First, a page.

Low FODMAP Recipe : Spicy chicken with vegetable ragù
For the spicy chicken
4 chicken breasts or thighs
1 tbsp garlic infused oil
1 lemon, juice only
1 heaped tsp paprika
1 tsp ground cumin
pinch cayenne pepper
1 tsp turmeric
sea salt and freshly ground black pepper, to taste
1 tbsp olive oil, for griddling
For the vegetable ragu
1 tbsp olive oil
1 tbsp garlic infused oil
1 eggplant/aubergine, chopped
2 zucchini/courgettes, chopped
1 red pepper, seeds removed, flesh chopped
1 x 400g/14oz can chopped tomatoes
dash balsamic vinegar
sprig fresh oregano, finely chopped leaves only
small handful flatleaf parsley, chopped
For the spicy chicken, mix all of the ingredients for the spicy chicken, apart from the olive oil, together in a resealable food bag or non-metallic bowl and shake or mix to ensure the chicken is completely coated in the other ingredients. Add in the garlic infused oil. Transfer to the fridge to marinade for at least three hours or overnight.
When ready to cook the chicken, heat a griddle pan until hot, then remove the chicken from the marinade and rub all over with the olive oil. Place on the griddle and cook for about 15 minutes for breast, 20 minutes for thighs, turning once or twice, or until cooked through (juices should run clear with no trace of blood when the thickest part of the chicken is pierced with a skewer).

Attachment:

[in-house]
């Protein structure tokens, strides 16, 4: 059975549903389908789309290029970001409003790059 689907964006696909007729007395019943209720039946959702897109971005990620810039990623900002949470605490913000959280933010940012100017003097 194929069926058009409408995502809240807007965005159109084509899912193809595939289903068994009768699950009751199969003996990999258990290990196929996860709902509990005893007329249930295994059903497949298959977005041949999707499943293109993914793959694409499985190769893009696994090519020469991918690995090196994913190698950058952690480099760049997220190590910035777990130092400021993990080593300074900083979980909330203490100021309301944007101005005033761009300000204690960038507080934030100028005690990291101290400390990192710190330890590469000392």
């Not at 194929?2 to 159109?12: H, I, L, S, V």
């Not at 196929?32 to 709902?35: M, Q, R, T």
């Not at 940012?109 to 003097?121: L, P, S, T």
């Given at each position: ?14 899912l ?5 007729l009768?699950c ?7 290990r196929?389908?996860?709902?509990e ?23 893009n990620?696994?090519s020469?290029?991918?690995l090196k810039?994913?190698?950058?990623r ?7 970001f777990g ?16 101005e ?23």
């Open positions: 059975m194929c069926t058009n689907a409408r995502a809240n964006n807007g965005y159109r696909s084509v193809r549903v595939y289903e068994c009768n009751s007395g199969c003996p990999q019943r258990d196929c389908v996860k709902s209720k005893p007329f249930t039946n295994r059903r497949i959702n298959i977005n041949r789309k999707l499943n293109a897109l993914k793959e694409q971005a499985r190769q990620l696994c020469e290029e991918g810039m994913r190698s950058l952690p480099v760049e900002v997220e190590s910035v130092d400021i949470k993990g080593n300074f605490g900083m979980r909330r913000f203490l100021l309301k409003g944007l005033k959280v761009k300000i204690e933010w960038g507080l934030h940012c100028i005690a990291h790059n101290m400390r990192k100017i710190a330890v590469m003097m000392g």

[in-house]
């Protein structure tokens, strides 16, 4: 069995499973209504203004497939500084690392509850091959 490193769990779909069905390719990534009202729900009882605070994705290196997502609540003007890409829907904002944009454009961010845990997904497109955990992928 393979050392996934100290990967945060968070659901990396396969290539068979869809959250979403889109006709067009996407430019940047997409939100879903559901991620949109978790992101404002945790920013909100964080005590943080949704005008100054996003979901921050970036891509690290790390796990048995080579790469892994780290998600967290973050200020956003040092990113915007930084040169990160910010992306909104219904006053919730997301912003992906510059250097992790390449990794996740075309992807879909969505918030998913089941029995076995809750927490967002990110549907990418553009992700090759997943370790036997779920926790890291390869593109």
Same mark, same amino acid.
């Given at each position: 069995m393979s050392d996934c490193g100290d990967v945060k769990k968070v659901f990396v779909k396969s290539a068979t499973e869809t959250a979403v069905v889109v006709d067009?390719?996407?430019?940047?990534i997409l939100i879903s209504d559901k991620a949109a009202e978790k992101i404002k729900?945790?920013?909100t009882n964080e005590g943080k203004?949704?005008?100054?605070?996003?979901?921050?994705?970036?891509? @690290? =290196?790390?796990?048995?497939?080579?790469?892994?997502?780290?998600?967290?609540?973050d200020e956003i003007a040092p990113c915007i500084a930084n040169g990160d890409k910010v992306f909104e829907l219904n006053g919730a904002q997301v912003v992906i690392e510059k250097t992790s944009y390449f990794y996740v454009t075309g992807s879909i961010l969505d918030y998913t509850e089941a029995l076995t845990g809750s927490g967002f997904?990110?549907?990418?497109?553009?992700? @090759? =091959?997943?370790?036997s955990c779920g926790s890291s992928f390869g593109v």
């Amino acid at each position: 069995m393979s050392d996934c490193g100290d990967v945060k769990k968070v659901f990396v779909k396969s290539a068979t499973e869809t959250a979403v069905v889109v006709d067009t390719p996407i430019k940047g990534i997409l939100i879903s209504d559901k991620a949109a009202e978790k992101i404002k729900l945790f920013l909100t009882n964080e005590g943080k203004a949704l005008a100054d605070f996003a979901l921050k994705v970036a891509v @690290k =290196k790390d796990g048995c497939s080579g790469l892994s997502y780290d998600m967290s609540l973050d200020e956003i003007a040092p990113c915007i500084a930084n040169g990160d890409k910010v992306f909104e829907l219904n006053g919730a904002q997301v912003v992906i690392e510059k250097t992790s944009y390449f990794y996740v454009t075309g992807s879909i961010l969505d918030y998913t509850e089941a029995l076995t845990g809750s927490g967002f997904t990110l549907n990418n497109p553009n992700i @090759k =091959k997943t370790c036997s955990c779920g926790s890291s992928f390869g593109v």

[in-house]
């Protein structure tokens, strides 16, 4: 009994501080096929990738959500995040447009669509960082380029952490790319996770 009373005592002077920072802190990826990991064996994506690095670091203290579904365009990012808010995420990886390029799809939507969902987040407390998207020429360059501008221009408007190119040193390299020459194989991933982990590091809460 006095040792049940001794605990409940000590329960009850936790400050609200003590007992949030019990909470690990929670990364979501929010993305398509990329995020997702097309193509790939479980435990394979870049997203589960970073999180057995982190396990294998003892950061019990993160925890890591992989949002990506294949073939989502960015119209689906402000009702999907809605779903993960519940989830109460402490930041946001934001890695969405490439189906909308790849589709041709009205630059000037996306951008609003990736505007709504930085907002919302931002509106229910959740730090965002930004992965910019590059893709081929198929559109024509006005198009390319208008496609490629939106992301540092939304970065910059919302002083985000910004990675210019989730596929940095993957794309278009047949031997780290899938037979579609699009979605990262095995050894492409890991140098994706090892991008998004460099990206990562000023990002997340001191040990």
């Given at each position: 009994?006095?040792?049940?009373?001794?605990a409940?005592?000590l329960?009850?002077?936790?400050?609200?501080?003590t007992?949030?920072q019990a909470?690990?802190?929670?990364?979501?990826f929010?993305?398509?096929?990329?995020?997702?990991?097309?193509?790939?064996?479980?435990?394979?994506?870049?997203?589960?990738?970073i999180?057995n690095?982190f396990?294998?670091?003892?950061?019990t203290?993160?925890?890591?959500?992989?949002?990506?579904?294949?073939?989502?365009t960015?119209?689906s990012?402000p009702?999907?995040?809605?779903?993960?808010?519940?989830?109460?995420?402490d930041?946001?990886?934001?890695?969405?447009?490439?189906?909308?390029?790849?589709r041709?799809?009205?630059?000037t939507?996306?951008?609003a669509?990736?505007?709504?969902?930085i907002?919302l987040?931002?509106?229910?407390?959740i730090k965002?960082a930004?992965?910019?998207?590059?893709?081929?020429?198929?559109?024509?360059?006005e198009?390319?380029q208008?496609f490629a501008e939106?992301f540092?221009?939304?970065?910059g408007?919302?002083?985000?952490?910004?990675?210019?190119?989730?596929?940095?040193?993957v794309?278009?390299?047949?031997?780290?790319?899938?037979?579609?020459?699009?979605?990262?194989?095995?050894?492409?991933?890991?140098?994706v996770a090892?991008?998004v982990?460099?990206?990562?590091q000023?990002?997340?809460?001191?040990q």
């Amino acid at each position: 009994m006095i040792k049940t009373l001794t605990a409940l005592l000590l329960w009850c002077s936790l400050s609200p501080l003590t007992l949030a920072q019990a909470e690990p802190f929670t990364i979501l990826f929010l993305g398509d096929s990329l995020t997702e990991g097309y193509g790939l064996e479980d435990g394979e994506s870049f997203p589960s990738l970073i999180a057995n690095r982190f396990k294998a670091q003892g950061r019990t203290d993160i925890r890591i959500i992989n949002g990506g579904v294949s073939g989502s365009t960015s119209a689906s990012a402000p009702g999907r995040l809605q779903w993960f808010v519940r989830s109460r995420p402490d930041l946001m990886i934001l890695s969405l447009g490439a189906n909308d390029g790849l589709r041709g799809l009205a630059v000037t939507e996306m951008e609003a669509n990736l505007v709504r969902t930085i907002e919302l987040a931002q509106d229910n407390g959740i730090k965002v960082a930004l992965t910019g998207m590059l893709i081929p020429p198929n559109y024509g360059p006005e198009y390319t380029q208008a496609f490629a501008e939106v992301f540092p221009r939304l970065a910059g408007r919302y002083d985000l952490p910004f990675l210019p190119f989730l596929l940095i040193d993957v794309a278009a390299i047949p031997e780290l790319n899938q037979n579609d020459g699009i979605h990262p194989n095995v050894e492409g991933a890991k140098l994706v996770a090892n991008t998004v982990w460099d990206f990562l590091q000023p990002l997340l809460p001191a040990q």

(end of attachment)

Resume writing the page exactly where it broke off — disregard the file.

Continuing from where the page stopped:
For the vegetable ragu, heat the olive oil in a wide pan over a medium heat and fry the eggplant/aubergine, zucchini/courgettes and red pepper to the pan and fry for 20 minutes, stirring every few minutes, or until the vegetables are softened and golden-brown in places.
Stir in the tomatoes, sugar, garlic oil, balsamic vinegar and oregano and cook for a further 20 minutes until reduced to a thick, rich consistency.
In a small bowl mix together the parsley and lemon zest then stir this through the vegetables and serve at once with the griddled chicken alongside.
FODMAPs are short chain carbohydrates (oligosaccharides), disaccharides, monosaccharides and related alcohols that are poorly absorbed in the small intestine. These include short chain (oligo-) saccharide polymers of fructose (fructans) and galactose (galactans), disaccharides (lactose), monosaccharides (fructose), and sugar alcohols (polyols) such as sorbitol, mannitol, xylitol and maltitol.
The term FODMAP is an acronym, deriving from "Fermentable, Oligo-, Di-, Mono-saccharides And Polyols". The restriction of these FODMAPs from the diet has been found to have a beneficial effect for sufferers of irritable bowel syndrome and other functional gastrointestinal disorders (FGID). The low FODMAP diet was developed at Monash University in Melbourne by Peter Gibson and Susan Shepherd.